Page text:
The Predators’ Miikka Salomaki (20) and Calle Jarnkrok (19) celebrate a goal by Salomaki in the second period Tuesday night. (Christopher Hanewinckel/Usa Today Sports)

— They launched pucks at the net, they put their sticks in the path of those shots, and, thus, they scored goals.

The Nashville Predators repeated that formula over and over in their 6-3 drubbing of the Capitals, perhaps providing a blueprint Washington should consider in its season-long struggle to generate quality scoring chances. As Washington went a whopping 17:43 before recording its first shot, Nashville crowded goaltender Braden Holtby's crease, tips and deflections in front accounting for three of the Predators' six goals through 40 minutes. On two other goals, the shot went in cleanly but there was still traffic in front of Holtby.

When the third period started, Holtby was on the bench and backup Philipp Grubauer was in net. After Holtby had allowed six goals on 123 shots over his previous four starts, he allowed six on 25 shots through 40 minutes Tuesday night.

"The toughest type of shots are usually the ones that are unpredictable," Holtby said.

"Their goals were pretty simple," defenseman Matt Niskanen said. "It was just winning races back to the front of the net and shots from the perimeter that turn into tipped goals and traffic-type stuff. We have to do a better job of boxing them out and defending them, and then we can take a page out of their book. We should add that to our game."

Washington was riding a wave of good defensive play entering this matchup, allowing just 16 goals over the previous eight games. That was expected to only improve with Niskanen back in the lineup for the first time in a month after injuring his left thumb in the fifth game of the season.

Capitals goalie Braden Holtby reacts after allowing a second-period goal. Holtby allowed six goals on 25 shots through two periods and was removed for Philipp Grubauer. (Mark Humphrey/AP)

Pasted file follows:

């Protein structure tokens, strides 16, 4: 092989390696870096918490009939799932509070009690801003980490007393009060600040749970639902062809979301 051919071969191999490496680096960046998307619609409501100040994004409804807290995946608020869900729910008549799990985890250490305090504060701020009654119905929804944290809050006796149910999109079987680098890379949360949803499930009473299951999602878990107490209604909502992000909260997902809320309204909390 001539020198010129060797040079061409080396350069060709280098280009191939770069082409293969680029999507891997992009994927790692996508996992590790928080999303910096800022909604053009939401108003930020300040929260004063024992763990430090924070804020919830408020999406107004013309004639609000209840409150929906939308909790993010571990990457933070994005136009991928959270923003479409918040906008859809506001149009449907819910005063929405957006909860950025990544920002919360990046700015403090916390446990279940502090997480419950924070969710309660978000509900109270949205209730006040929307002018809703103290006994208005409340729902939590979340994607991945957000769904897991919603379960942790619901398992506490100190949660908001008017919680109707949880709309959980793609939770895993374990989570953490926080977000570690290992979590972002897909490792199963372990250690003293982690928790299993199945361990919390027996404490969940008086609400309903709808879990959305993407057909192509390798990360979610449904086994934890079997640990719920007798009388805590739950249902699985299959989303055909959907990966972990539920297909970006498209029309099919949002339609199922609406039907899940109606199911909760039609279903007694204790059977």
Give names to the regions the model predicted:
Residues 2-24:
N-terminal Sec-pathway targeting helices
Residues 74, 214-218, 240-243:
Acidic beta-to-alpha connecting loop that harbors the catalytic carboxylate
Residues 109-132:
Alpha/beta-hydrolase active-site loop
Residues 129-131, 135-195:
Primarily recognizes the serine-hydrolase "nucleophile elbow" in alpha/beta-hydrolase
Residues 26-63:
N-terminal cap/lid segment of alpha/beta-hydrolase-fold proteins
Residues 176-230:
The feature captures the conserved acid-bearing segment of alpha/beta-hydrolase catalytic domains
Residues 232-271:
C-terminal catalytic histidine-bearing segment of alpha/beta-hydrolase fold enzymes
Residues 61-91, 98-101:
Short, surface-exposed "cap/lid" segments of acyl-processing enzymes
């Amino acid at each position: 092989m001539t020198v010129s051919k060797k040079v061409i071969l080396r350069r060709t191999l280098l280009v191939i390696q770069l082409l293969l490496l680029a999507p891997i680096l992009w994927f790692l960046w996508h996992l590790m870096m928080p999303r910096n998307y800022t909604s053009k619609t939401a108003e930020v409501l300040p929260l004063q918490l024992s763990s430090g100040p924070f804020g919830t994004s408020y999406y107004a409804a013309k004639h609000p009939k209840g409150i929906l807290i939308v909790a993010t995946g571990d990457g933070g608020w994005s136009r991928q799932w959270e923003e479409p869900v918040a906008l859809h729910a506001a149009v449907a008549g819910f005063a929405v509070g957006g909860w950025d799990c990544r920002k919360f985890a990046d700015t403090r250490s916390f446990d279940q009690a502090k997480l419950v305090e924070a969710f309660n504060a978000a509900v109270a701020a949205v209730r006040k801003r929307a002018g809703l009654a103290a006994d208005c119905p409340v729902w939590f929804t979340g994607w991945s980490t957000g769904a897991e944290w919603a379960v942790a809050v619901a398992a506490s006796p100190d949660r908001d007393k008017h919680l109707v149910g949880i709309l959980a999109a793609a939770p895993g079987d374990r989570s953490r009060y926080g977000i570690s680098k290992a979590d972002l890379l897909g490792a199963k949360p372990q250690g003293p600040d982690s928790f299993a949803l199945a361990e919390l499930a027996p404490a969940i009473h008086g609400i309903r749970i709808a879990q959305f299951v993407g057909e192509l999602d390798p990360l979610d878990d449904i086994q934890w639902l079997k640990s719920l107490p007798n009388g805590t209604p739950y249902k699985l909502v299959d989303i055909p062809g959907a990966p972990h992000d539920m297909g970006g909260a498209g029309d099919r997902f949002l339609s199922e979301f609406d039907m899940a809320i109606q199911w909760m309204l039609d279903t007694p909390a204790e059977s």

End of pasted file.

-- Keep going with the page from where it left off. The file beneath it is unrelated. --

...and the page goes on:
But the Capitals went into the second period down 2-0. After Calle Jarnkrok was called for hooking 3:44 into the frame, Washington halved the deficit when T.J. Oshie tipped a John Carlson point shot on the power play. On the very next shift, the Capitals' third line started an extended shift in the offensive zone, holding on to the puck long enough for a full change to the fourth line. With the Predators exhausted, Alex Chiasson tied the game with a slap shot from the slot.

But that was just the beginning of a wacky second period. On the shift right after Chiasson's goal, Predators forward Filip Forsberg, a Capitals first-round draft pick in 2012, restored a Nashville lead with his 100th career goal.

"We've got all of the momentum and we're all over them after having such a bad first [period], and we then we give up a quick goal," Coach Barry Trotz said. "That one hurt."

Less than three minutes later, Kevin Fiala tipped a shot by Mattias Ekholm to put the Predators up by two goals, and though Oshie answered 17 seconds later, Washington wasn't able to catch Nashville after that fourth goal. The fifth seemed to be especially deflating, a shot from Miikka Salomaki on a rush that Holtby just seemed to miss with his glove. It's possible the puck ramped up off defenseman Madison Bowey's stick.

"That fifth goal can't go in when we're still in the game," Holtby said. "I have to look at it because I don't know how I missed it."

Said Trotz: "Looking back, after the fifth one, I should've yanked him. He's been so good for us for so long, I kept with the long hook, if you will, and let him get through the period."

Tuesday night's game went poorly for the Capitals (10-8-1) from the opening shift, when the Predators immediately had Holtby under siege, forcing Brooks Orpik to take a hooking penalty just 19 seconds into the game as they swarmed the net. From there, Washington seemed to be in a race against the clock, going nearly an entire period without a shot on goal. Nashville reeled off the first 16 shots of the game, drew four penalties and scored two goals before Washington finally recorded its first, a Devante Smith-Pelly wrist shot 36 feet from the net with 2:17 left until first intermission.

"I think guys notice it," Niskanen said. "You probably don't have to worry about it after four or five minutes, but you start getting halfway through the period, then you notice it."

Going back to Sunday's game against Edmonton, the Capitals had gone 36:25 without a shot on goal, and more concerning is that the shooting woes have been a recurring theme this season. Though the Capitals entered Tuesday night's game having won six of their previous eight, the team was also averaging the second-fewest shots in the NHL with 28.5. Through 19 games, they have been outshot all but six times.

"We can make plays on the rush and we can cycle and wear a team down, like we did on our second goal tonight, but we need to add a little bit more net jam if we want to consistently score," Niskanen said, "and make it harder on teams."